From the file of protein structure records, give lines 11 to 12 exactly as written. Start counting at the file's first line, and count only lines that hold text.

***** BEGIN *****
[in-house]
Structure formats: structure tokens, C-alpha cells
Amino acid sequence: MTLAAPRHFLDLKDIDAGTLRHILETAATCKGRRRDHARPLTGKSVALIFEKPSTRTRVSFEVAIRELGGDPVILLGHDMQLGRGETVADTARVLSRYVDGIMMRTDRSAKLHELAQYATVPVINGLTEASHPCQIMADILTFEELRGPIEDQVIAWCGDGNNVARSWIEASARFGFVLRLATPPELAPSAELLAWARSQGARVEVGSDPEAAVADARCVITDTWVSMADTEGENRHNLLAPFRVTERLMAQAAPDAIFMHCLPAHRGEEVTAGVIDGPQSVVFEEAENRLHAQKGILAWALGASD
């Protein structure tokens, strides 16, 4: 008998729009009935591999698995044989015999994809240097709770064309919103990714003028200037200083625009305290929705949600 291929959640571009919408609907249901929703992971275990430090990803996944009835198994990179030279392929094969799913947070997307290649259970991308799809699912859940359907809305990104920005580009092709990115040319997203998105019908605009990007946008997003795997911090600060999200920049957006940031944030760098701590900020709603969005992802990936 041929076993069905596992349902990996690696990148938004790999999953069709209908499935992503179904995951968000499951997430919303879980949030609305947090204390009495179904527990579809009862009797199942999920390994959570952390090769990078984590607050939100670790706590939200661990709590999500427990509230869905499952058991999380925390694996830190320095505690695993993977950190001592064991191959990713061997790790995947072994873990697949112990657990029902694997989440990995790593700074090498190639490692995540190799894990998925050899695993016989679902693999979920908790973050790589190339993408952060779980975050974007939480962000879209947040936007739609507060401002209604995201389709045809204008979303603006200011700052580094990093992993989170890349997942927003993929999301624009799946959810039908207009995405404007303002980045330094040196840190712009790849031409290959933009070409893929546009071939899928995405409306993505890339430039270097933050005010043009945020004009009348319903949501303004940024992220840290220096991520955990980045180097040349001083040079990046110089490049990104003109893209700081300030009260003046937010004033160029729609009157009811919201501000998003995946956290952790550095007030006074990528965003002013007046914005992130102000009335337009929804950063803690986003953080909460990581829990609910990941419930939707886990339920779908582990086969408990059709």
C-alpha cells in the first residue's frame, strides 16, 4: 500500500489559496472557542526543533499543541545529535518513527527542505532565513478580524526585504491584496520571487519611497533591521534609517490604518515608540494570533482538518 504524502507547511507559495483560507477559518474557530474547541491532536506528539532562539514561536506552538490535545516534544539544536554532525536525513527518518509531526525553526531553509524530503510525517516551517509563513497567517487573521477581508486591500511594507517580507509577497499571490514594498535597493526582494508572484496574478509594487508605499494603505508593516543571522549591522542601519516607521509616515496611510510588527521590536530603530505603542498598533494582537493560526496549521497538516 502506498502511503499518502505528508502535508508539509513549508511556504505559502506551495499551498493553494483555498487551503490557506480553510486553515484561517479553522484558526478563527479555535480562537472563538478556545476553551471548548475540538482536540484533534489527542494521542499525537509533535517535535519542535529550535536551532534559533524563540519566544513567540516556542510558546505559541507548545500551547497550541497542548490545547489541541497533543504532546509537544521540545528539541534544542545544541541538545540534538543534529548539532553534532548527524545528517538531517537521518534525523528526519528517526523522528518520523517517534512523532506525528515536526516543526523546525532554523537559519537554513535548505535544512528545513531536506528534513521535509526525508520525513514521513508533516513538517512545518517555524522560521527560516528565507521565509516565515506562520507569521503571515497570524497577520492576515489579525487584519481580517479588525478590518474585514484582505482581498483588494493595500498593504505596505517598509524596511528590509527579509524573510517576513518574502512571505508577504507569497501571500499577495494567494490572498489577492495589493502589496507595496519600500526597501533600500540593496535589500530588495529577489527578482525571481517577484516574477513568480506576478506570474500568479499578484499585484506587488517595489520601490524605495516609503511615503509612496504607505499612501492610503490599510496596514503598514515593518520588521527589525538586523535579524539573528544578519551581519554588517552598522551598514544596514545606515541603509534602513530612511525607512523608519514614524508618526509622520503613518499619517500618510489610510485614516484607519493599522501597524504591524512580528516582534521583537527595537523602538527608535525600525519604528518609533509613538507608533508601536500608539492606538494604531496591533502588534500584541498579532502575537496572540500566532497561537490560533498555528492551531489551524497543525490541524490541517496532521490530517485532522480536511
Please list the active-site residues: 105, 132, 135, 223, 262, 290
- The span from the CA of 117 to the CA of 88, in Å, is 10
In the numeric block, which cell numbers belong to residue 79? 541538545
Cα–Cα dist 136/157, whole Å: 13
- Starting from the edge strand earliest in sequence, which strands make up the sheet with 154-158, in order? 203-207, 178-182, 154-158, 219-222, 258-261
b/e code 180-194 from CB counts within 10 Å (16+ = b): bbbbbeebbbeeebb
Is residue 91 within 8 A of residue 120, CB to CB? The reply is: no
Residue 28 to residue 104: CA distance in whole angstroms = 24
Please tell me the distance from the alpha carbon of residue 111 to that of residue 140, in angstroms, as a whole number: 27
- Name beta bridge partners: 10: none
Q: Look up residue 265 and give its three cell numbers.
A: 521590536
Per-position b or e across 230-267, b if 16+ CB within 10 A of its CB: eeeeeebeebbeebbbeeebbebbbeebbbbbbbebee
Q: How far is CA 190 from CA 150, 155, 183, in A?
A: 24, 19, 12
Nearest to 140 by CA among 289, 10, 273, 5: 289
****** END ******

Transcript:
b/e code 180-194 from CB counts within 10 Å (16+ = b): bbbbbeebbbeeebb
Is residue 91 within 8 A of residue 120, CB to CB? The reply is: no